Implementing Financial, Structural Reforms Key to Slovenia's Recovery


Slovenia is suffering from a vicious spiral of deleveraging and economic contraction, made more difficult by the ongoing crisis in the eurozone. The IMF’s Slovenia mission chief discusses the economic outlook and the policy actions needed to get the country out of its deep recession.


  • Economy suffering from recession, tight bank credit, indebted companies
  • Clean-up of bank balance sheets is needed urgently
  • Continued fiscal consolidation, pension and labor market reforms crucial
  • “Prompt action to address problems in the financial sector, consolidate public spending, and reform the labor market is essential to resolve the current crisis and lay the groundwork for future growth in Slovenia,” said Antonio Spilimbergo, IMF mission chief for Slovenia.

    After achieving independence in 1991, Slovenia grew steadily, achieving the highest level of income among transition countries. In 2004, the country joined the European Union, and in 2007, it adopted the euro. But the reform agenda was left unfinished.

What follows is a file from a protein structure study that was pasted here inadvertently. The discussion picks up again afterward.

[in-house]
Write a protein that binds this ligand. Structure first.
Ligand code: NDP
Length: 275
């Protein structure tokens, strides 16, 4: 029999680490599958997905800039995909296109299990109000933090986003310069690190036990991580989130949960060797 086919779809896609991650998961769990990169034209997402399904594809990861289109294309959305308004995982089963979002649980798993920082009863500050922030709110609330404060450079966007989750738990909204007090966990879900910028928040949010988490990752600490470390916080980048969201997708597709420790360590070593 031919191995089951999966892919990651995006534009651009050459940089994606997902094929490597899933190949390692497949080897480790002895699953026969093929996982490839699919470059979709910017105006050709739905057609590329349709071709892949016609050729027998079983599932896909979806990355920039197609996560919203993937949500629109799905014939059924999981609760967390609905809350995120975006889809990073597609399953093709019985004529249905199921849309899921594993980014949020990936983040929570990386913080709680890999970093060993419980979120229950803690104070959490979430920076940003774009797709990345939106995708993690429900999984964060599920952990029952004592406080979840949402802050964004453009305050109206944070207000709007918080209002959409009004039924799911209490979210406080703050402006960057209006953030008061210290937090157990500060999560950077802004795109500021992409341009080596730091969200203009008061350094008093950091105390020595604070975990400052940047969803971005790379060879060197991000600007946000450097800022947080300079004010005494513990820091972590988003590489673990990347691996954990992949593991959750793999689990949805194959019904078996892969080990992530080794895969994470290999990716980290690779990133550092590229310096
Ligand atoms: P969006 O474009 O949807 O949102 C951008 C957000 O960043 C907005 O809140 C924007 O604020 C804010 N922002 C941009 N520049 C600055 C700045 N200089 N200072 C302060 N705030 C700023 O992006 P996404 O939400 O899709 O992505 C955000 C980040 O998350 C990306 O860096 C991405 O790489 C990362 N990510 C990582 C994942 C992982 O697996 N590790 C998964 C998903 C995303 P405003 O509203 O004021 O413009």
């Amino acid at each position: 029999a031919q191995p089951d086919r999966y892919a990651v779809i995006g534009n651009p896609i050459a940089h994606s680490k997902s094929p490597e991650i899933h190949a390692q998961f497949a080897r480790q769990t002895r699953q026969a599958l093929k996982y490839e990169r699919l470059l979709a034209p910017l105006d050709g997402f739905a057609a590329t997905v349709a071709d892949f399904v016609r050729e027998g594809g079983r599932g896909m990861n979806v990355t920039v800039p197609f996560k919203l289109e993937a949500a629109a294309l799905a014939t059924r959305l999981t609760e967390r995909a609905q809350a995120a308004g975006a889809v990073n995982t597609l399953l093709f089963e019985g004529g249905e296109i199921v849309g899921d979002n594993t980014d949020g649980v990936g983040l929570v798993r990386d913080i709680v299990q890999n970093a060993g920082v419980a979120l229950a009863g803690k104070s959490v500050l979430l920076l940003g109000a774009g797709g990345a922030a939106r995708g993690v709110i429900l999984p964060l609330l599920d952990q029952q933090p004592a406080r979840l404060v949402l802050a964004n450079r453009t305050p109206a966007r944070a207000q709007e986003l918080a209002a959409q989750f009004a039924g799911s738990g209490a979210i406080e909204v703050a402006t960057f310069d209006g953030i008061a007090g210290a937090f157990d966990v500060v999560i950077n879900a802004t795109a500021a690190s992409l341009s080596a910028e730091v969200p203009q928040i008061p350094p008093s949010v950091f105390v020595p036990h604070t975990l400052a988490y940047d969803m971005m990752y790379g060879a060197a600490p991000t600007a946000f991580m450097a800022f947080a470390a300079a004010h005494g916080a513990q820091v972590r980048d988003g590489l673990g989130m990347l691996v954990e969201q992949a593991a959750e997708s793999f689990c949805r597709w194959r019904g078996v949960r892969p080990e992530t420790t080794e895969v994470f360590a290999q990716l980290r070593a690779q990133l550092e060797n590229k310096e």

During the global economic crisis, the economy suffered the sharpest GDP decline in the euro area, excluding Greece. Real GDP contracted by more than 8 percent following a sharp decline in external demand. The significant tightening in external credit forced banks to limit access to domestic loans, and a construction and housing price boom came to an abrupt end.

    Speaking to IMF Survey, Spilimbergo discussed the economic outlook, the most pressing issues facing Slovenia, and the policy actions needed to get the country out of its deep recession.

    IMF Survey: What is the outlook for Slovenia’s economy? Are the problems in the eurozone having a big impact?

    Spilimbergo: Slovenia is affected by the euro area slowdown, possibly more than other countries, because of preexisting weaknesses. While Slovenia was one of the European countries with the highest rates of growth before the crisis, it failed to implement pension and labor market reforms and restructure its financial sector. The crisis magnified these weaknesses, and currently there is a negative feedback loop of recession, bank deleveraging, and corporate distress, which is bringing down economic growth. The government recognizes the challenges it faces to break this loop and the need for steadfast implementation of reforms.

    We are projecting that GDP will contract by around 2.2 percent in 2012 and by around 1 percent in 2013. This is because banks will continue deleveraging, and fiscal consolidation will cause a temporary negative drag on economic growth—all this in an environment of sluggish external demand. But we expect that growth will resume in the second half of 2013.

    IMF Survey: What are the most pressing issues facing the economy right now?

    Spilimbergo: The...

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